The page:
If you’re trying to get your parrot to accept a new food, it can help to present it in its normal food bowl. Otherwise, birds that aren’t used to a variety of foods may not even recognize that this new item is edible!
2. Mix new food with old food
Another classic trick for introducing a parrot to new food is to mix the new with the old. If your bird is a seed fiend, mix pellets or veggies with its seeds.
The most likely result at first is that it will pick out the bits it likes with surgical precision, but keep it up. Eventually, your parrot will most likely get tired of avoiding the new food and just give it a try.
3. Pretend to eat food
Parrots are huge social learners. If you have another parrot that your picky eater gets along with, and that other parrot does eat new foods, you’re golden. All you have to do is let the picky eater watch, and in most cases, it’ll want to see what all the fuss is about. Long-time parrot owners will know that jealousy is a huge motivating force in our birds!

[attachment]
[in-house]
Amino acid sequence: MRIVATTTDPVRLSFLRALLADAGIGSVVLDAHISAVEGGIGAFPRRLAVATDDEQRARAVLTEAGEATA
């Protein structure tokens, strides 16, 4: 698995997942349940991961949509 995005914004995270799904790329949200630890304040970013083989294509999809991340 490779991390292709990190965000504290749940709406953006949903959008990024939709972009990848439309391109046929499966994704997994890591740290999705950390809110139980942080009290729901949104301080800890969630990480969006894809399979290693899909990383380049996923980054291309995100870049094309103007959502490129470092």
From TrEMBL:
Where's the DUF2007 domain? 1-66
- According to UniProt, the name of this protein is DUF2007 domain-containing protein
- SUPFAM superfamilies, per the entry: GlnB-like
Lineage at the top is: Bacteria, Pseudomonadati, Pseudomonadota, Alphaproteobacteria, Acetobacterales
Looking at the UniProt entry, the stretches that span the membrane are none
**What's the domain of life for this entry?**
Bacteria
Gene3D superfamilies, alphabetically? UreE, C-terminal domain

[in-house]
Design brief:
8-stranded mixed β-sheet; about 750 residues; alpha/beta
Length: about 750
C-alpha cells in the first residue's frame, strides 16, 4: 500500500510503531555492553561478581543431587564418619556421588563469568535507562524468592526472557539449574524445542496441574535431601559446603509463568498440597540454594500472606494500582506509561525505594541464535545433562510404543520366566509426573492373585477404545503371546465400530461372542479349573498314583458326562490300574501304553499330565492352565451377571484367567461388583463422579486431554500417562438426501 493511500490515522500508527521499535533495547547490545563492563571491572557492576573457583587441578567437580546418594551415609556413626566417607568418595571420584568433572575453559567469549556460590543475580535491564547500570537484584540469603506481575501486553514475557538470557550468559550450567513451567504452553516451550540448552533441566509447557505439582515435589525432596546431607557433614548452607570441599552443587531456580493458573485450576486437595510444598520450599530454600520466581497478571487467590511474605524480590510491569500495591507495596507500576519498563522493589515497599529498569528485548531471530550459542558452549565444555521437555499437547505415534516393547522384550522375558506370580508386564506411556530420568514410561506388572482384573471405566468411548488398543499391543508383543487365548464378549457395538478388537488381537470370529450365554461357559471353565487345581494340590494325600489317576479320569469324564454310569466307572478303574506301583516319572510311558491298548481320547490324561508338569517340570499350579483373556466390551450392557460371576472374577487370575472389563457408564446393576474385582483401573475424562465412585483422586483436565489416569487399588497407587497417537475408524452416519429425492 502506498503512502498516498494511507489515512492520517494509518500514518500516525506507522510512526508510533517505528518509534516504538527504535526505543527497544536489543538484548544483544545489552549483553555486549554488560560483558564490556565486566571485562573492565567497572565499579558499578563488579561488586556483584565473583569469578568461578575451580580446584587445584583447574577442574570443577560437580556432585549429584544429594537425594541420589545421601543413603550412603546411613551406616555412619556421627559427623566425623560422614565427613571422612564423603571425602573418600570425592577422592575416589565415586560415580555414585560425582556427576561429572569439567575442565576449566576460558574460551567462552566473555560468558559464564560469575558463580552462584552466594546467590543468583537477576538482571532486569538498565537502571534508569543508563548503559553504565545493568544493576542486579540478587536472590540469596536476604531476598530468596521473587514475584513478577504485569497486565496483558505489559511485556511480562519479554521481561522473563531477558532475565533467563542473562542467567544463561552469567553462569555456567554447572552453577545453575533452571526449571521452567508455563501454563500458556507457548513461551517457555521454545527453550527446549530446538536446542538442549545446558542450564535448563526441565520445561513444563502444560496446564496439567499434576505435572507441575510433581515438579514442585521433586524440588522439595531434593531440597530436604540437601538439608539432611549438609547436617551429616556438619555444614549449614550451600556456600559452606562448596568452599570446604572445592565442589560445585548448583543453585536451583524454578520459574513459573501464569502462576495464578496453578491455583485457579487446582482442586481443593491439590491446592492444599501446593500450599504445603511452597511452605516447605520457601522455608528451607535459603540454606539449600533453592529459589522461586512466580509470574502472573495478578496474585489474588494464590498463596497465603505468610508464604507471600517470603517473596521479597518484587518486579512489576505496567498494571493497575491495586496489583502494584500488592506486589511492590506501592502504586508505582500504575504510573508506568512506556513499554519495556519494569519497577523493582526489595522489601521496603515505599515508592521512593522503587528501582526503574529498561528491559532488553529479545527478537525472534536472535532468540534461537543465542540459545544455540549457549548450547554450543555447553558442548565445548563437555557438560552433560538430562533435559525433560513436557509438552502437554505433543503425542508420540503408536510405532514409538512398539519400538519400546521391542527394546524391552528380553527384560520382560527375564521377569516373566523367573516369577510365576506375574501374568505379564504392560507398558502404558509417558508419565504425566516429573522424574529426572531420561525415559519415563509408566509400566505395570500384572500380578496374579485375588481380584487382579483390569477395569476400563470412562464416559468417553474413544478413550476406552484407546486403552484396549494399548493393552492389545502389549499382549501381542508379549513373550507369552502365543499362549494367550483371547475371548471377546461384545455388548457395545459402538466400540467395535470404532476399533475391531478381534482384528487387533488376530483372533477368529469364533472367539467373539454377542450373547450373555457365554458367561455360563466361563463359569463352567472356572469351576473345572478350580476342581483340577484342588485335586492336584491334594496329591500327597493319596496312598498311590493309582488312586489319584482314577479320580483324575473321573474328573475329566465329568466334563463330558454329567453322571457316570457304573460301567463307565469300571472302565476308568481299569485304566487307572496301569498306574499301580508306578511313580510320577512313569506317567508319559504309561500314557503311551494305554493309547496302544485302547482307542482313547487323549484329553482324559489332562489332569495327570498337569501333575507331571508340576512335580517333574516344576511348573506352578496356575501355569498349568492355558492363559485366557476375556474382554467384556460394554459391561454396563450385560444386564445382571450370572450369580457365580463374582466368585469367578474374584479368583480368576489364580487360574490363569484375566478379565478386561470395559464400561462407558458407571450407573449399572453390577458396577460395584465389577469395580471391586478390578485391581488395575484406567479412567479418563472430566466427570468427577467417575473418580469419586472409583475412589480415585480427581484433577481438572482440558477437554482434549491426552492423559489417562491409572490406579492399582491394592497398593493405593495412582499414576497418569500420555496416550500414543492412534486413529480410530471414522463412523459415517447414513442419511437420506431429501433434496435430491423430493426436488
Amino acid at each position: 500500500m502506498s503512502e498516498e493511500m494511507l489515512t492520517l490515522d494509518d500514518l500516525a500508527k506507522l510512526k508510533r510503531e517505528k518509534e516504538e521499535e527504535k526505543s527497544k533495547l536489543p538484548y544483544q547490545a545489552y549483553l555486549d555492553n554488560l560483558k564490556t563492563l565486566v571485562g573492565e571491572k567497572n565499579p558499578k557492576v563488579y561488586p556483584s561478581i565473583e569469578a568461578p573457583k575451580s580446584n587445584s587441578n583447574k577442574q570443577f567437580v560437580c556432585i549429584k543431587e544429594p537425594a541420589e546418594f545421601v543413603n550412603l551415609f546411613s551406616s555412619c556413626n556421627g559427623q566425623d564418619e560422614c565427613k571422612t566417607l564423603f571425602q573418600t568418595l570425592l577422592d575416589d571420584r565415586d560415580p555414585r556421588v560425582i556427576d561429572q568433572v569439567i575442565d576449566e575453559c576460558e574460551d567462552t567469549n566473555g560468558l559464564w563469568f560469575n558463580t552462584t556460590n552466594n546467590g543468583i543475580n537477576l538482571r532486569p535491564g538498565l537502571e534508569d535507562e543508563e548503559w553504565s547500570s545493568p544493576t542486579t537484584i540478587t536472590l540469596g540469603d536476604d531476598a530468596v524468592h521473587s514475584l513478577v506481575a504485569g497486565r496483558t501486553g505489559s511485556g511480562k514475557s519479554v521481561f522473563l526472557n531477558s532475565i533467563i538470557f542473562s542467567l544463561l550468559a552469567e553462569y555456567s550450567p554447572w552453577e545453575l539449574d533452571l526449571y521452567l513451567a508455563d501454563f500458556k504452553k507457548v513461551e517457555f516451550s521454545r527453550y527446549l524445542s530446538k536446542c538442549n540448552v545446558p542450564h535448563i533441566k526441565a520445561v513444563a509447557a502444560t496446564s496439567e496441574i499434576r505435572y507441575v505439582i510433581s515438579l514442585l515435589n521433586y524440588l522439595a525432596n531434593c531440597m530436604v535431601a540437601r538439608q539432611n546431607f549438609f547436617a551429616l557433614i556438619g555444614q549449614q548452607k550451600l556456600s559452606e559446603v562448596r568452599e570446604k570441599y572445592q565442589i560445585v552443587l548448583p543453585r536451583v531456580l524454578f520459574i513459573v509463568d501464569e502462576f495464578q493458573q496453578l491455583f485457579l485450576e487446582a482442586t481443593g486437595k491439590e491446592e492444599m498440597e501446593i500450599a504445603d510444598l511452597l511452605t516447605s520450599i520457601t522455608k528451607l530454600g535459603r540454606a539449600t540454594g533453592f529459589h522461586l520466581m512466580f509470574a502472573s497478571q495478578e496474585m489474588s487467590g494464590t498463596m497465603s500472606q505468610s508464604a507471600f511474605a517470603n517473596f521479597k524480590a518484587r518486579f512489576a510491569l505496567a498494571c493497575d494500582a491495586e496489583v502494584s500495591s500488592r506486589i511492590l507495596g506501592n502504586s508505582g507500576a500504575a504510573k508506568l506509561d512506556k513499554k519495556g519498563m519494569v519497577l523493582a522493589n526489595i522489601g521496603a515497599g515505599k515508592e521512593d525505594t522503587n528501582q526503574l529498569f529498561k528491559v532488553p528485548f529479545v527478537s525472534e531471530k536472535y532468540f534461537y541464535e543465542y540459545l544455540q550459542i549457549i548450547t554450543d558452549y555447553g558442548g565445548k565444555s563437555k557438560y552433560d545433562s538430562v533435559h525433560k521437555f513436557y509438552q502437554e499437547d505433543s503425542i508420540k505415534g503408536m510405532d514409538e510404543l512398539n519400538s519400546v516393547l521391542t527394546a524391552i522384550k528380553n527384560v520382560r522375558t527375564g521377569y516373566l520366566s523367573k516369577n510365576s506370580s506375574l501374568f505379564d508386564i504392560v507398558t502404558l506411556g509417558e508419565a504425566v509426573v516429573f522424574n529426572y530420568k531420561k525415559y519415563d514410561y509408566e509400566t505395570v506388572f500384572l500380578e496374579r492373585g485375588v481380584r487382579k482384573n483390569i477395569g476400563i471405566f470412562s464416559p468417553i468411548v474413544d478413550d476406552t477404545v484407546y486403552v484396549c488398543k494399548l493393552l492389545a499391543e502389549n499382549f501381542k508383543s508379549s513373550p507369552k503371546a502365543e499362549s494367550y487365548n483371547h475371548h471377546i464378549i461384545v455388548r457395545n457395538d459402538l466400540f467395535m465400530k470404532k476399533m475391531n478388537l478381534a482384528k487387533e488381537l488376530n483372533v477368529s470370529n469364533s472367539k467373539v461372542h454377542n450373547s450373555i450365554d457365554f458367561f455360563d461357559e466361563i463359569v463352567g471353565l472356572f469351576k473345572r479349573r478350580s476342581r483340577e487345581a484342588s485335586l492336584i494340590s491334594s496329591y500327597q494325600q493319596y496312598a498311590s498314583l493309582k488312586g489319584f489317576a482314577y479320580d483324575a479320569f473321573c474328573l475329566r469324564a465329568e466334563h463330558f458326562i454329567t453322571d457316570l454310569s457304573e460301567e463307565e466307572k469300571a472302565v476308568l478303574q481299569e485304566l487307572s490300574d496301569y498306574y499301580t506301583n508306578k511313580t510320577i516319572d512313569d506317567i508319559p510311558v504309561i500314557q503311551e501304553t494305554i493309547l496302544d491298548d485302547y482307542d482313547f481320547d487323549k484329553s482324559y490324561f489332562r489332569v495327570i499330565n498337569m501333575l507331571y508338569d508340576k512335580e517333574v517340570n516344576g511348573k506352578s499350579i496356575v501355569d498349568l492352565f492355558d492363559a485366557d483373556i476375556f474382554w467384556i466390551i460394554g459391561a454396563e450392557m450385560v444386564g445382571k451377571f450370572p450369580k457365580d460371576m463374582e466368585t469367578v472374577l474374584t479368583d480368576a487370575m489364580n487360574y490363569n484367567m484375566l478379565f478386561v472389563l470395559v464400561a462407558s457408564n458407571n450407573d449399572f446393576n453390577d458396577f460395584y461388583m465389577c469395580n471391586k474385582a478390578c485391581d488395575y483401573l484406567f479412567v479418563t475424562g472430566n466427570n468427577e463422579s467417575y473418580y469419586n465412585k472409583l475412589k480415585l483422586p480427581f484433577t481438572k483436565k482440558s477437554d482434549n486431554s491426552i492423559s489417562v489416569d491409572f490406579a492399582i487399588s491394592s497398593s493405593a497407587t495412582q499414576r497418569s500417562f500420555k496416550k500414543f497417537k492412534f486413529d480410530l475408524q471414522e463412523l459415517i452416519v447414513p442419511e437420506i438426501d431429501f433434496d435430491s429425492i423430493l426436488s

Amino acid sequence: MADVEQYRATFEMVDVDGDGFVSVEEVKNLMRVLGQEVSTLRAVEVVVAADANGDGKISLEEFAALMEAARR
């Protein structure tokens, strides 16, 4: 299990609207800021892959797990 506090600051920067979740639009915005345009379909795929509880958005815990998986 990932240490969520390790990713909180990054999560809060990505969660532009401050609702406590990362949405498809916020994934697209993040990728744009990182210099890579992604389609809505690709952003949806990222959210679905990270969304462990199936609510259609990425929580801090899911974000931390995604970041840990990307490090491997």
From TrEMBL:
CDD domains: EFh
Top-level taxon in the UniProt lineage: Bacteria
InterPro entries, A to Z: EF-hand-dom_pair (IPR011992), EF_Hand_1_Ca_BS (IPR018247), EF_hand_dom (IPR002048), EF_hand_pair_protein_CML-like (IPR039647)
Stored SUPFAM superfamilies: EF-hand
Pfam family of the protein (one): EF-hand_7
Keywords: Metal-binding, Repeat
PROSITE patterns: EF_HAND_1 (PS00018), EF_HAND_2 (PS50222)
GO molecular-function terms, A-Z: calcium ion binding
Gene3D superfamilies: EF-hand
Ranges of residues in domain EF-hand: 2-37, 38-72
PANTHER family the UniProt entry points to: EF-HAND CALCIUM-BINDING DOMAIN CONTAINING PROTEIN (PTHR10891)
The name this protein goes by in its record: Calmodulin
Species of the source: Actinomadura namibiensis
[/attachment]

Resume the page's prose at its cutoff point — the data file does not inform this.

Unfortunately, the aforementioned is usually not the case, but that doesn’t mean you can’t still employ the social learning principle. After all, you’re part of the flock too. (Pretend to) eat the new food with exaggerated gusto.
If your parrot shows any interest, maybe even employ the reverse psychology principle and deny it a taste at first. Regular food thieves know that the items they’re not allowed to eat are the tastiest. Eventually, you can let it ‘steal’ a piece.
4. Add a mirror
Another way to leverage the social learning principle in your advantage is to use a mirror. I’ve had mixed success with this one., but I think it’s worth a try. Basically, I place the mirror right behind the food bowl.
When the bird walks up to take a look, it’ll see “another bird” hanging around the food. If it leans in to sample, the other bird will as well. And hey, if that other guy is interested in this food, then your parrot may be more willing to give it a try as well!